Month: January 2018

Your Comics Page, 1-31-2018

Welcome back! Here’s a watercolor sketch I made in Bishop, Ca. a few years ago. I love the mountains and the horse property around there, the ranges are called the “Whitney Portal”, because the range includes Mount Whitney, which is the highest summit in the continental U.S., at 14, 505 feet. Bishop is just a little bit East of Lone Pine, Ca., home of the Lone Pine Western Film Museum and the Alabama Hills, where Hopalong Cassidy, Death Valley Days, Gene Autry, Roy Rogers and so many old time Western features and TV series were shot. I want to go on a horseback tour of the Alabama Hills some day.

Felix helps Danny Dooit play hooky in the strips from 5-22 to 5-28-1933.  Danny feels guilty and Felix has a hard time getting him into the spirit of a day of fishing and swimming, then they meet a hobo who wants a “feed”. In the jungle, Felix runs afoul of an elephant, an exotic bird with long legs and an ape, before he wakes up from his dream with the help of the barnyard animals and a pail of water.

Here’s Myrtle from 2-21 to 2-27-1949. In the dailies, Sampson sets up a wired telephone network in Myrtle’s house with painful results for Freddie. I like the fantasy in the 2-24, as Bingo the dog “wakes up” Myrtle’s sleeping look-alike doll. The Sunday is a dream fantasy, as the Sun runs a relay race in a Technicolor landscape of Freddie’s imagination. This is one of Dudley Fisher’s best panoramic pages!

In answer to reader Daryl Boman’s request, I’m presenting a double dose of Krazy, from 5-21 to 6-12-1943. My favorite daily in the first batch is the 6-5, as Krazy tries to figure out where he came from, and Ignatz produces an ink bottle and pen, saying: “Figure It Out Yourself”. Garge does a bit of wartime satire in the 6-7 to 6-12 strips. Especially striking is the 6-9, contributed to the Catblog by Gerd Heinlein, as Krazy loses 8.25 of his lives in a fight with a “Super-Patriot”. Evidently, there were Patriots and Super-Patriots in WW2. If you watch “The Best Years of Our Lives”, directed by William Wyler in 1946, you’ll see a sequence in the drug store where Dana Andrews punches Ray Teal’s character “Mr. Mollett”, so hard that he crashes into a glass display case. The cause of the argument is that Mr. Mollett is skeptical of the reasons that the United States is in the war and it makes Dana Andrews (ex-Navy pilot), mad. This is a little known aspect of the WW2 years that Garge is alluding to here: Ill-will between “Patriots”, who were a bit critical of the politics of the war, and the “Super-Patriots” who were for the war, no matter what. The popular image of WW2, is that after Pearl Harbor, there was little or no criticism of the War’s raison d’etre, but there was a wider range of opinion than that. The whole “One life to give for my country” quotation comes from Nathan Hale, a Revolutionary War soldier and spy. In the 6-11, “Esne” is old English for “Laborer among the lower classes”. I hope this will keep Daryl Boman happy.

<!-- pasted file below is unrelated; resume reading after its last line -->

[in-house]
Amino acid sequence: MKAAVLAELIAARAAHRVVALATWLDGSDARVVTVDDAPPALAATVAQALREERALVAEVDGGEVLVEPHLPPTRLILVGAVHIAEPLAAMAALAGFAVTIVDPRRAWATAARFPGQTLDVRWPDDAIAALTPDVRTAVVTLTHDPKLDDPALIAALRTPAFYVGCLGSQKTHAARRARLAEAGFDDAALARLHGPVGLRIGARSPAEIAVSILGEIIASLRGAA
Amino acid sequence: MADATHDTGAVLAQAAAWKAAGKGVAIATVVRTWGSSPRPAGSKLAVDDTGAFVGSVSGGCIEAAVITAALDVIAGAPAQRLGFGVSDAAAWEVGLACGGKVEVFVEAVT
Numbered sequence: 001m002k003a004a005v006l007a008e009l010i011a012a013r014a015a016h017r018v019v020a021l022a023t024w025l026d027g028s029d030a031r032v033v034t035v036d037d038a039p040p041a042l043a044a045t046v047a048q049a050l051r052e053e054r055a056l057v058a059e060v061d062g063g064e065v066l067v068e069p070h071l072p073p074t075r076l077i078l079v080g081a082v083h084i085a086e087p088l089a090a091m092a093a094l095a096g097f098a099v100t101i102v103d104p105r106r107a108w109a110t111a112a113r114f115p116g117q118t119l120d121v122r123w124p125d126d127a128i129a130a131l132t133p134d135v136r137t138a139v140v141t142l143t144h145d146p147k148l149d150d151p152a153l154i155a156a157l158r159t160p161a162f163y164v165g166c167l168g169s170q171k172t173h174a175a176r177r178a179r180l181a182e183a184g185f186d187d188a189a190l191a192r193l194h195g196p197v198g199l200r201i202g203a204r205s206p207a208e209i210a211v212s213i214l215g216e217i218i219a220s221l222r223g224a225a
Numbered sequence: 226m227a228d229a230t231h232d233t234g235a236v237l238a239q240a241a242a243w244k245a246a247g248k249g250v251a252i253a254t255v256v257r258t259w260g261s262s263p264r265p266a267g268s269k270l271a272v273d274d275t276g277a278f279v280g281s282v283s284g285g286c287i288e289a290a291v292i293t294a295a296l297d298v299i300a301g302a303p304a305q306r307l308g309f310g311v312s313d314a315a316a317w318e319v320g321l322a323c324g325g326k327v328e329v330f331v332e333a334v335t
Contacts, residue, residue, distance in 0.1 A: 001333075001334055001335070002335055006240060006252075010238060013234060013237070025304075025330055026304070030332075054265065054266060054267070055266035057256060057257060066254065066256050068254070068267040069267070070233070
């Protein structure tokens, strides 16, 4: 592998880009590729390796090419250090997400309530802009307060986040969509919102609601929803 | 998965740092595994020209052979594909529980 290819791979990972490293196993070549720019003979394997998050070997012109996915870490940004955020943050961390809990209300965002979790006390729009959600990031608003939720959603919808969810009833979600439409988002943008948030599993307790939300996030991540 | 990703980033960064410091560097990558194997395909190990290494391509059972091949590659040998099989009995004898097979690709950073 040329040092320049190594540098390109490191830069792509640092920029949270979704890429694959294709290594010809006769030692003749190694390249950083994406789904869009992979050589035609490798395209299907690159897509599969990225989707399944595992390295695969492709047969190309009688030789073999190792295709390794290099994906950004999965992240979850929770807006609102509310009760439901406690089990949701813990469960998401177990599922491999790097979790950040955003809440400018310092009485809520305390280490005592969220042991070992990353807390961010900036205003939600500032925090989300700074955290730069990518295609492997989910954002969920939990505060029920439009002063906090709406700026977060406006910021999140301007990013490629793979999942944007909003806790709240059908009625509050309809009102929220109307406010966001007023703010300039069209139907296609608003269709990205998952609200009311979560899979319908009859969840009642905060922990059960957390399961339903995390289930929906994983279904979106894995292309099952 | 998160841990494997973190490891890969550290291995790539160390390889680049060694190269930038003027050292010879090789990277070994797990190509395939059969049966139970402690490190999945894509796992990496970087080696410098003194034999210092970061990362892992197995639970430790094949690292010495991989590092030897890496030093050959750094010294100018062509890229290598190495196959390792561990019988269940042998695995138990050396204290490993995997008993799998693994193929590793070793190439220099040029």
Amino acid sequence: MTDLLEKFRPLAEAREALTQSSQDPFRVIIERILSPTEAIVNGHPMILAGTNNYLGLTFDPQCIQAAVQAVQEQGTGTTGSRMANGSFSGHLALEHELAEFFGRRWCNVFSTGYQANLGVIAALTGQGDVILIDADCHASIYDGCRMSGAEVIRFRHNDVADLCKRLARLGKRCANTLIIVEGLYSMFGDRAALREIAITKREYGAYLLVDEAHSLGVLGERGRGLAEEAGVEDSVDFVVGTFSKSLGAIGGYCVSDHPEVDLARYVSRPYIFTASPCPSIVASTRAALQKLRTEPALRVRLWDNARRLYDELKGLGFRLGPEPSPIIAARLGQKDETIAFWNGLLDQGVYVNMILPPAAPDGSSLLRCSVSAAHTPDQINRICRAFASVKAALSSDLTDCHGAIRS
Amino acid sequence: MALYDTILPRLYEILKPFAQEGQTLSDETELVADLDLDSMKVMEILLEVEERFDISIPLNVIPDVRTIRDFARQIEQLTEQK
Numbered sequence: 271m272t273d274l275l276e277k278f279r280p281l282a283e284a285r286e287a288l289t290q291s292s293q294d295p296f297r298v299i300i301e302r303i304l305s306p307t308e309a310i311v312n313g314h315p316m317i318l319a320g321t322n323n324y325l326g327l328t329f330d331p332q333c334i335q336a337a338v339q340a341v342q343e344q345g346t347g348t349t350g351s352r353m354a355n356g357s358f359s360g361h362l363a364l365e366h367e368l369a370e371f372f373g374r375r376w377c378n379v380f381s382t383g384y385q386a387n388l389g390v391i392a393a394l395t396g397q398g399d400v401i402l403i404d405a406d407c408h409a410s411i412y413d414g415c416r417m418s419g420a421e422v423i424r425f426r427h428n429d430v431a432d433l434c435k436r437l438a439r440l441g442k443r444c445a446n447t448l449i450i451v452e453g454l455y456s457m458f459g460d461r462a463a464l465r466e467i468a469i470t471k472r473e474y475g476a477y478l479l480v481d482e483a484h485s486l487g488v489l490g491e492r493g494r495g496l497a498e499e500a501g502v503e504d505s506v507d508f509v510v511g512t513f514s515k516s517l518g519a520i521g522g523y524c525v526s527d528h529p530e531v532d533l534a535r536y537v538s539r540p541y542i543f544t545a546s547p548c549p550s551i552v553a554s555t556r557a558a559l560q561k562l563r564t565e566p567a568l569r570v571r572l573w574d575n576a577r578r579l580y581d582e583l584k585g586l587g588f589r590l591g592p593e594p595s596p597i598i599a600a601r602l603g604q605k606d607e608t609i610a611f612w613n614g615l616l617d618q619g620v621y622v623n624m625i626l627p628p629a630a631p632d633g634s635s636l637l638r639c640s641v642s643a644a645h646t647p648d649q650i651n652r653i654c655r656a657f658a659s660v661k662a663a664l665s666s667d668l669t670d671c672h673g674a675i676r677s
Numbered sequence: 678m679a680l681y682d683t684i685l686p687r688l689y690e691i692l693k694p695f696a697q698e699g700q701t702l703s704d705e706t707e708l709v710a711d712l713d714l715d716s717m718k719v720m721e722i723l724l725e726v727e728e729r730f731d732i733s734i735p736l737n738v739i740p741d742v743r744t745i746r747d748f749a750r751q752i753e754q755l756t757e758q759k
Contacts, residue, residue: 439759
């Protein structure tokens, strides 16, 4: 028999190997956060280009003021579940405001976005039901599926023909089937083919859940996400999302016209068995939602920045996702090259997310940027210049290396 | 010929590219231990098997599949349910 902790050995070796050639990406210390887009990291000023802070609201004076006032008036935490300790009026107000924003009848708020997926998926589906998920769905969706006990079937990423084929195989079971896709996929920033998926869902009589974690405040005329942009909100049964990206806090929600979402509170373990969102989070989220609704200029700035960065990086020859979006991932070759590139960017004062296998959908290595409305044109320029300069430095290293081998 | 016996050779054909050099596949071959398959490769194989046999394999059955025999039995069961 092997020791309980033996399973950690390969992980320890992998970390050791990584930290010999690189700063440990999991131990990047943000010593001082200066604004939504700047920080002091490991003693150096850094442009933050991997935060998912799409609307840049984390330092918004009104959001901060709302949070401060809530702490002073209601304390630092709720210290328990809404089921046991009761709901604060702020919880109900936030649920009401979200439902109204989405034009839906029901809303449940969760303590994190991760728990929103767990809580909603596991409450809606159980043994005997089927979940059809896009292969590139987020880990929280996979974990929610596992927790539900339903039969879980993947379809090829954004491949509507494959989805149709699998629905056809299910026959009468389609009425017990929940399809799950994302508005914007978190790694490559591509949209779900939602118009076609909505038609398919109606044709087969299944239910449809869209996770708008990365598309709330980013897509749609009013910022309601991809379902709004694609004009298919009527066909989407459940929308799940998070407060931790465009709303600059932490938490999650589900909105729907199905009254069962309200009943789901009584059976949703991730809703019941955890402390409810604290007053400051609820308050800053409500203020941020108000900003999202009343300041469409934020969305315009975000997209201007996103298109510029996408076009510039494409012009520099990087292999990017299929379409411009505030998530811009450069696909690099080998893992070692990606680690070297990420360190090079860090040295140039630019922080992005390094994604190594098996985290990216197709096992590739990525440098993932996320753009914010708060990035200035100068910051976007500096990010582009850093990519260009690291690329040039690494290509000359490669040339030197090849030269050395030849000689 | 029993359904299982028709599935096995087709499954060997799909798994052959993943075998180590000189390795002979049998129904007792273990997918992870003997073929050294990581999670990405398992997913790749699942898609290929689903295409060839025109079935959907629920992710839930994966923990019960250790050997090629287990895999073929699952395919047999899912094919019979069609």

A milestone has passed, which seems to be little noted in comics fandom, Yoe Books and IDW publishing have just put out Popeye #65, the last in their series reprinting ALL of Dell’s regularly numbered Popeye comics from the 1940s to 1962. After that, Gold Key started publishing Popeye in Giant editions. I happen to like Bud Sagendorf’s cartooning and his approach to Popeye, Olive, Wimpy, Swee’pea and cast is second-best to the Elzie Segar strips of the 1920s and 1930s. The adventure in the almost book-length stories of the first 10 52 page issues are especially exciting and funny. Yoe Books is also issuing the series in hard-cover book collections. It’s kind of sobering that I was the only person still buying the series at my local comic book store here in Glendale toward the end. My store, Legacy Comics, kept ordering the issues for me, since subscriptions were not available. Yoe Books should really be commended for this accomplishment, as they carried on with Popeye, despite low sales. Comic Books have swung over to a “traced from photographs” look in the artwork. There is very little good cartooning left in “funny books”. So again, a tip of the sailor hat to Yoe Books for hitting 65 issues of “Popeye”. Maybe another publisher will take a chance on the earlier “Four Color” Popeye books some of these evenings. Now let’s all stroll over to the gym and watch the fat men play handball!

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